Using KPIs, you can ask questions and create solutions for the business side of your practices. Without this type of regular statistical evaluation, it can be difficult to understand practice performance. When KPIs are not being met, you should make significant adjustments as early as possible to get your practice back on track to achieving its goals.
An accurate financial assessment is critical to determining your practice’s reinvestment strategy. According to the American Dental Association’s 2002 Survey of Dental Practices,1 overhead costs represent 55.6% of specialty-practice revenues. I recommend that orthodontic practices should be in the 49% to 50% range for overhead. This does not include your income and benefits. Obviously, the less overhead a practice has, the more capital will be available to reinvest in equipment, technology, and marketing.
A practice budget should break down not only the total expenses incurred over a month, quarter or year, but it should also categorize these expenses into set overhead categories, such as staff compensation, lab costs, and orthodontic supplies. This systematic approach to budgeting allows you to set specific goals to help control total overhead and overhead in each category, while maintaining the quality of care and customer service that your practice delivers. Achieving a strong return on invested capital is the result of solid systems that generate maximum efficiency while allowing the team to provide optimal care.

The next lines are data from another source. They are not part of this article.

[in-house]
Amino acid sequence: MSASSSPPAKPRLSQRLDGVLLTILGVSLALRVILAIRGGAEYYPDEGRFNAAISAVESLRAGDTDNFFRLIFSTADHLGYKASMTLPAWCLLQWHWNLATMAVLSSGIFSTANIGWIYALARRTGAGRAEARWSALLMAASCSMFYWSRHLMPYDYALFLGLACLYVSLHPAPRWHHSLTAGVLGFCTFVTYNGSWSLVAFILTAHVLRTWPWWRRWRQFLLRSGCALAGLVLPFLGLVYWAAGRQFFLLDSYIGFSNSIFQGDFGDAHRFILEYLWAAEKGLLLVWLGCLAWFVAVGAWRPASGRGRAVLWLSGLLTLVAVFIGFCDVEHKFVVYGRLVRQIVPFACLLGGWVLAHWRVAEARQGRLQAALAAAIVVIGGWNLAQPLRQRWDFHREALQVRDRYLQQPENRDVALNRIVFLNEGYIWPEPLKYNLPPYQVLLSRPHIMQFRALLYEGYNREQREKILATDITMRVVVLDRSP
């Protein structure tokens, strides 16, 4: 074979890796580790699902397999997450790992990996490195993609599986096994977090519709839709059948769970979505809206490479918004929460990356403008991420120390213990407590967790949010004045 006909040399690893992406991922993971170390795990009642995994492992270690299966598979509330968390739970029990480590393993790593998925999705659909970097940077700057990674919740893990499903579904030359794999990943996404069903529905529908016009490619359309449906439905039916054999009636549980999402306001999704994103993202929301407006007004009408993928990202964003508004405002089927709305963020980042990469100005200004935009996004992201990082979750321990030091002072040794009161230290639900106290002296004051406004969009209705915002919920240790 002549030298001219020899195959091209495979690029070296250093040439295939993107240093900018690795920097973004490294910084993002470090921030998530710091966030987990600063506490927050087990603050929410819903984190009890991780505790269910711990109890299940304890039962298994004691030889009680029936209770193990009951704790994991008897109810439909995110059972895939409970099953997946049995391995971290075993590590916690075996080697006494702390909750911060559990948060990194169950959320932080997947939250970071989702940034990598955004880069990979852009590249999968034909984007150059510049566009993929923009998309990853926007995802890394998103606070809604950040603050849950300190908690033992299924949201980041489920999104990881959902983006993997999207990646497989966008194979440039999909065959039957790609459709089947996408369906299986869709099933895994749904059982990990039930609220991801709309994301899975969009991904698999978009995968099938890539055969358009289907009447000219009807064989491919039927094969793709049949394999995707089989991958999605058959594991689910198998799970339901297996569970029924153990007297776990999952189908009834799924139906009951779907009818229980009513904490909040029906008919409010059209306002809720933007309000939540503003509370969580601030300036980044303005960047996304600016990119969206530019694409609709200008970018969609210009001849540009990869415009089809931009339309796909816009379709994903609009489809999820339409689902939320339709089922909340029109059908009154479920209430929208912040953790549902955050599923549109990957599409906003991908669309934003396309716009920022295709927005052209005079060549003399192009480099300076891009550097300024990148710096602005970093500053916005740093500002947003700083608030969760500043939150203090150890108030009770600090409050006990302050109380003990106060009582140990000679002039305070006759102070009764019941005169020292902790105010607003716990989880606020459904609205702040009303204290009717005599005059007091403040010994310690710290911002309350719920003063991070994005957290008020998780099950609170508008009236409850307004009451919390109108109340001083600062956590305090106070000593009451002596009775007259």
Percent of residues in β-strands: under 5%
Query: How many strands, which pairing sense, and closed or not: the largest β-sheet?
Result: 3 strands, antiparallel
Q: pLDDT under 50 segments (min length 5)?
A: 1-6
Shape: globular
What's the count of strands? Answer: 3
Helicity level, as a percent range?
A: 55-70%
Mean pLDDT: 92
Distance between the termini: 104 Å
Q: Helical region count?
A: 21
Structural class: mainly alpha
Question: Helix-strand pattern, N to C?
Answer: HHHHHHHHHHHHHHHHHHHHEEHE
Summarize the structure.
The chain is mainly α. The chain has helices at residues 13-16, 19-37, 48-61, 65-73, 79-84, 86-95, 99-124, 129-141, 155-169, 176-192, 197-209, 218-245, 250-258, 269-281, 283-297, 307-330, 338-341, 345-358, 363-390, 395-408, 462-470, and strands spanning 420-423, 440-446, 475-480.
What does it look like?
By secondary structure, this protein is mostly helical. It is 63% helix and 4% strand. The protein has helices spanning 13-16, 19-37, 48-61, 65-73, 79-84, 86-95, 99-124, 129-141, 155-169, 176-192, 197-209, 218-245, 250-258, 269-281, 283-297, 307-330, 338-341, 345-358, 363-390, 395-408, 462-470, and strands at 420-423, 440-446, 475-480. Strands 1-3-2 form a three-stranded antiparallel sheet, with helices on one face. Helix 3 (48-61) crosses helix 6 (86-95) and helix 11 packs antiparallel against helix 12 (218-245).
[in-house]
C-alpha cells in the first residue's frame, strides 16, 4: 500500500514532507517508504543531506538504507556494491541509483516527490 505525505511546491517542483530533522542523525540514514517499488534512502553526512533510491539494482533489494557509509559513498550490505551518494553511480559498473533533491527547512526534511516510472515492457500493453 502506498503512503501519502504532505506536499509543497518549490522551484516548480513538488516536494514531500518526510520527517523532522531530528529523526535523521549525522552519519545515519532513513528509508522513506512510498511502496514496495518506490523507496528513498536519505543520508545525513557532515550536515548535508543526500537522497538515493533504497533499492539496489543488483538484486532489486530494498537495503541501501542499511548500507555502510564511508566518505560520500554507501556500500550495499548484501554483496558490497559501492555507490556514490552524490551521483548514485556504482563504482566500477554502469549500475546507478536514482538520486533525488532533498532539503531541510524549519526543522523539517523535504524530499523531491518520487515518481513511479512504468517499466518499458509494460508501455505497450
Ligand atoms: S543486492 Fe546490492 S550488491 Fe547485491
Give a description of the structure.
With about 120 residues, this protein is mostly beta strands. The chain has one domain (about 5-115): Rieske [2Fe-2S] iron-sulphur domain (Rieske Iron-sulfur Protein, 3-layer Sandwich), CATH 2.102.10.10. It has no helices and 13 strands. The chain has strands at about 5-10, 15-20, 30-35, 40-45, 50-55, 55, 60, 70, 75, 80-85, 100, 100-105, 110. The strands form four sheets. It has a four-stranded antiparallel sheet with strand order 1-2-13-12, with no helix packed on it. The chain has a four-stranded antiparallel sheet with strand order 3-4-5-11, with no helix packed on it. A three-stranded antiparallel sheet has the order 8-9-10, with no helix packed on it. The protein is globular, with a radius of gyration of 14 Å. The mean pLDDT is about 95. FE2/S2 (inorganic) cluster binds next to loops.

In addition to analyzing your practice’s financial performance, you should look at your practice through the eyes of your patients. How attractive is the exterior of your practice, including grounds, landscaping, parking lot, and signage? Take a walk around your building—front, sides, and back—to ensure that your facility presents a pleasing appearance to patients.
Your practice’s interior should make patients feel welcome. How attractive is your reception area? When was the last time it was redecorated? Is your wallpaper out of style? Is the paint faded or yellowed? Is the carpeting starting to wear? Is the furniture scratched and dented? I recommend that orthodontists should reinvest in updating their practice dÉcor at least every 5 years.